Taking to the Streets
Located at Queen's Park and University of Toronto
Curated by Barbara Fischer, this exhibition features eight projects.
Even in the normal course of everyday life, streets are complex sites. In the intervals, crevices and deep channels of the city, where hundreds of thousands of us commute to work every day, pedestrian vulnerability meets car culture, public and private intermingle in unpredictable ways, and an ever present sense of commerce, its excesses and privations, serves as reminder of the need for calibration.
When social justice movements succeed, the street becomes the primordial site to celebrate and remember--such as in annual festivals like May Day and Pride. When there is no justice the street becomes the place where we rally and throw our voice together in a show of force. Festival and protest meet in the street. And art is associated with both, remembering by way of images, words, whispered histories, or monuments, the points where anger and power clash.
In these unfurling protests, near and far, the street is the medium where multiple symbolic and make-shift gestures rise up to lay claim to attention and assert existence: t-shirts and posters, placards and lights, scaffolds and banners, the fury of words and the sound of music, altogether to break through deaf ears, stop traffic, and summon each other to a common cause.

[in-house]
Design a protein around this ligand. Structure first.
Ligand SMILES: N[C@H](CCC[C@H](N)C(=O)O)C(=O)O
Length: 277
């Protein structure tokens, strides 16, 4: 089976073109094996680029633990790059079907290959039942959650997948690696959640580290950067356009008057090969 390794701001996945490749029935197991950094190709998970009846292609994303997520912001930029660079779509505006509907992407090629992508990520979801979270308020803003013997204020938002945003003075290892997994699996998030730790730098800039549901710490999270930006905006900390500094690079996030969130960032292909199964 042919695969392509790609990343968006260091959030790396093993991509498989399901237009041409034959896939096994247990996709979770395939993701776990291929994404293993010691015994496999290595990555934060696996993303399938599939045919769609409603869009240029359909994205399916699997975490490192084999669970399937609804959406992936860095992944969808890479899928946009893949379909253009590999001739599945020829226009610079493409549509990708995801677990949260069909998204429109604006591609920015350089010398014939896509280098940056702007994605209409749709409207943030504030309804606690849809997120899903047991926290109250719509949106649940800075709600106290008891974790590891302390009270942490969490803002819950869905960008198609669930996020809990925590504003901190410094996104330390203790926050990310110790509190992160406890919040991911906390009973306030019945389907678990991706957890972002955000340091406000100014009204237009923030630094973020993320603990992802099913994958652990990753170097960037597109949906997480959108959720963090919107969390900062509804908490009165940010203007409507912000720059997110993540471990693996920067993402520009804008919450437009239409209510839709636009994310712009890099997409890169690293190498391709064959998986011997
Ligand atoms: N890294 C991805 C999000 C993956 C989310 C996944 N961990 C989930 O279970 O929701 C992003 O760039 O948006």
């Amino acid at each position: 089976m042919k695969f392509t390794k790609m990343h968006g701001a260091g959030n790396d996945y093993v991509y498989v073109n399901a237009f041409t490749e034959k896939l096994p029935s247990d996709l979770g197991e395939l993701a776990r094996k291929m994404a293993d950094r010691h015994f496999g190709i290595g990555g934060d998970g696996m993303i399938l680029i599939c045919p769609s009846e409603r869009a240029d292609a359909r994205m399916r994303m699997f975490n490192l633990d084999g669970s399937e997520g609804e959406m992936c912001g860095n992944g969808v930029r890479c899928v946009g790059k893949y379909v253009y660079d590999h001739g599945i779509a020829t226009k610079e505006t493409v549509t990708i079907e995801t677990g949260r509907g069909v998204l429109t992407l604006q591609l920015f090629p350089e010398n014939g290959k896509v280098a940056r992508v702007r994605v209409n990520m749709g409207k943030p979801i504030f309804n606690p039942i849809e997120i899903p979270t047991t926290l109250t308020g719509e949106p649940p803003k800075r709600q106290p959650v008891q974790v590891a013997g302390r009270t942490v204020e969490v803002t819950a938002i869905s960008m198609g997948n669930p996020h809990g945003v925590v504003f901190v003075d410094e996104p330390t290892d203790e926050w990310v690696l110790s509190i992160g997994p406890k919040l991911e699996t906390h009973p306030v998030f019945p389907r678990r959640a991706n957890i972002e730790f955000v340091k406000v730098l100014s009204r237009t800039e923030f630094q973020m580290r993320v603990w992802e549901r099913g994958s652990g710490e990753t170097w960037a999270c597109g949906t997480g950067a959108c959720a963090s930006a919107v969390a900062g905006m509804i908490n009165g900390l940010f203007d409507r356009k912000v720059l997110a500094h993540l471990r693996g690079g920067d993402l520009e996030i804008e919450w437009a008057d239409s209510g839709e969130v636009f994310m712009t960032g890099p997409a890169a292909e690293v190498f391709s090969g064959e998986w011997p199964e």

— Barbara Fischer
Barbara Fischer is the Executive Director/Chief Curator of the Art Museum at the University of Toronto.
Her curatorial work focuses on contemporary art and its histories, and includes solo exhibitions with major, internationally recognized artists, and group exhibtions. Major projects included the General Idea Editions 1967-1995; Projections (2007); and Traffic Conceptual Art in Canada 1965 - 1980 (2010 to 2013).
She received the 2008 Hnatyshyn Award for Curatorial Excellence in Contemporary Art, and was appointed commissioner and curator of Mark Lewis' project of the Canadian Pavilion for the 53rd Venice Biennale in 2009.